UofSC Dance Marathon mentors next generation with high school mini-marathons

Photos of Ben Lippen students by Allen Wallace.

This weekend in the Midlands, high school students came together to raise money for the kids at Columbia’s Prisma Health Children’s Hospital. The efforts are part of an ever-growing movement led by the University of South Carolina’s largest student-run philanthropic organization: Dance Marathon (USCDM).

“It’s like a full-time job, but it doesn’t feel like work.” Senior Kristina Boyle is this year’s USCDM vice-president of Mini Marathons, like the ones that took place this weekend at Ben Lippen Schools and Dutch Fork High school.

Boyle has helped the Mini movement grow from three high schools taking part her freshman year to 11 this year, with new additions including Dutch Fork, Lugoff-Elgin and Irmo. She leads a team of 17 UofSC students who work with the high school students all year in fundraising efforts leading up to their Main Events.

Every student, college and high school alike, is a volunteer. The money raised by the high schools contributes to the grand total for UofSC Dance Marathon, which topped a million dollars for the first time last year, in the organization’s 20th year.

Just days after the triumphant reveal of last year’s total of $1,025,171, Boyle and her team began work to bring more schools into the fold. The process was a long one, beginning with calls and emails to principals, followed by presentations to get the administrators to approve. The next step, of course, was to bring in the high school students.

“Getting the students to buy in the first year is really hard,” Boyle said. “It’s really just getting down to the core of what we do with them, making a connection and making them fall in love with what they do, and then the execution part, the how, comes later.”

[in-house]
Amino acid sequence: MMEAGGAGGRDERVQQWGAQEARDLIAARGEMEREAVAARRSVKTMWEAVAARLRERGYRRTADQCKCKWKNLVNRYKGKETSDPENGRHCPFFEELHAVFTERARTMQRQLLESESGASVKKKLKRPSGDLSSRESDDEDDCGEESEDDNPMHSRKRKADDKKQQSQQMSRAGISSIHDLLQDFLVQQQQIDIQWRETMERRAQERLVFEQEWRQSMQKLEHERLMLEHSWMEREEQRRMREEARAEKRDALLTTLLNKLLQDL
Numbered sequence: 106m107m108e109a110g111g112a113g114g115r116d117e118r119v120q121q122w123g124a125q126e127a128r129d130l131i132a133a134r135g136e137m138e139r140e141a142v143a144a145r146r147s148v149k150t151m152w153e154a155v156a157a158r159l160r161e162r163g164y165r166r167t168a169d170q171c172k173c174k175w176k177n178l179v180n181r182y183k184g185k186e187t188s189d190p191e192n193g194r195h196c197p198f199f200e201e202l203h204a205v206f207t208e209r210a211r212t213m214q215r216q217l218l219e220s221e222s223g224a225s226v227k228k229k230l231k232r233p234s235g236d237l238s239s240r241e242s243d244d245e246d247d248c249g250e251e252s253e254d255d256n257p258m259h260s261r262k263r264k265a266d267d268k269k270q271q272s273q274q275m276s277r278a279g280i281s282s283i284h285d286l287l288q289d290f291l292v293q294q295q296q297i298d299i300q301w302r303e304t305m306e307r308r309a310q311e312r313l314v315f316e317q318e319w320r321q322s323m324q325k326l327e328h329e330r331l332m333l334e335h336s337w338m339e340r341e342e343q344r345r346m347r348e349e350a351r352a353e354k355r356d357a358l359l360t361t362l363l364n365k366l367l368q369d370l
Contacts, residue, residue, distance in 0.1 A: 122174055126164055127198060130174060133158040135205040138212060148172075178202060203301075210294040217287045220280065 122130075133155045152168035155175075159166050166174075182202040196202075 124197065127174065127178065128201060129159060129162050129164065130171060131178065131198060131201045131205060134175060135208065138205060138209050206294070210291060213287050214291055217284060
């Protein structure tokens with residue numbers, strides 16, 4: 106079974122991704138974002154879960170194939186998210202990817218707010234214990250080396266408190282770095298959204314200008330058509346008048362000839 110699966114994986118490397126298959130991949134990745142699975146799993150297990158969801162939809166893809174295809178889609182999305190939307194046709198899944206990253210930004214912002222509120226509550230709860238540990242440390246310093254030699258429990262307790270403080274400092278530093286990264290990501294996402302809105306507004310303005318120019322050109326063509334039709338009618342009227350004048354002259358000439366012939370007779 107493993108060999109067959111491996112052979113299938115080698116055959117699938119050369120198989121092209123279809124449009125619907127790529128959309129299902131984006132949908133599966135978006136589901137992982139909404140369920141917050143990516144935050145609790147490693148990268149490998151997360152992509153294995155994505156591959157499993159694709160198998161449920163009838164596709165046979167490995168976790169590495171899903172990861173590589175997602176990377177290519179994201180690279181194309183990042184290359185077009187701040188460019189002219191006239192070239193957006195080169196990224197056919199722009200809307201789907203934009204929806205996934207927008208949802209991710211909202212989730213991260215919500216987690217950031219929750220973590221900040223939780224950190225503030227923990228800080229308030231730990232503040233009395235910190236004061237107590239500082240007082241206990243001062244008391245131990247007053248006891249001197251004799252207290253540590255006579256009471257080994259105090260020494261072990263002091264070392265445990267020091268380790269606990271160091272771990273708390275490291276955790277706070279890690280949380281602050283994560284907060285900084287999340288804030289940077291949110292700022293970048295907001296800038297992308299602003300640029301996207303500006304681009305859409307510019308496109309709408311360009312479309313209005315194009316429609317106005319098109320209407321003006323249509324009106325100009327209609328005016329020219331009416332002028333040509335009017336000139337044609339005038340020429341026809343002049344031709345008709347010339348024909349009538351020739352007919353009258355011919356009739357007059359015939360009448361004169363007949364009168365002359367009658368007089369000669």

Boyle has moved from a Dance Marathon novice as a freshman to become a leader, and has learned with experience that the job requires not only passion, but also devotion.

“You really have to connect with them and become their friend first rather than just some college student, because they think we’re kind of dorky,” she said. “Cultivating that relationship is the biggest key that we have found. You have to have that first or you get nowhere with the students.”

Every one of the UofSC Minis team spends a great deal of their time building those relationships, and sharing their passion, showing the high schoolers how much the cause means to them. Saturday night at Ben Lippen, USCDM members who are not on the Minis team came too, giving their time to support the high schoolers.

Also on hand were Miracle Kids, those who’ve been patients at the children’s hospital and know from experience how much USCDM’s fundraising and other efforts mean. Among those was Katie Kendall, a Ben Lippen alumna who beat leukemia and helped start the Mini program at her school. Now a Furman student, she is one of many students who carried their passion for Dance Marathon on to college.

Boyle said seeing those students embrace the movement to which she has devoted so much of her college career is what means the most to her..

“The smiles,” she said Saturday night when asked why she works so hard.. “This sounds so cheesy, but it’s the smiles you see on those faces when they realize what they’ve done. You see a light go on in their eyes and it’s like ‘I want to do this. I want to do more.’ It makes everything worth it.”

Every Dance Marathon Main Event ends with the flip: leaders of the particular school’s team lifting cards showing the fundraising total. Boyle said she had countless “proud mom” moments this year, including this weekend as she watched Dutch Fork reveal $2,525 raised for the kids in their very first Mini, and Ben Lippen flipping $10,262.

“It’s more than just a leadership position with minis,” she said. “It’s mentorship because you’re also cultivating the next generation of students.”

Boyle will take part in her final USCDM Main Event as a student March 2, working to hit this year’s goal of $1,190,000 for the kids. She will be in law school next year, but plans to be a very active alumna.

She offered a suggestion for those who have not yet become part of the Dance Marathon movement.

“This is something you should pay attention to. There’s a lot of people rallying behind it, and it’s gaining enough traction that you should look at it a little bit, and open your hearts a little bit, because it’s a great cause to buy into.”

To support USCDM and learn more about the movement, visit uscdm.org.

Categories: Arts & Entertainment, Columbia, Lexington County, Richland County

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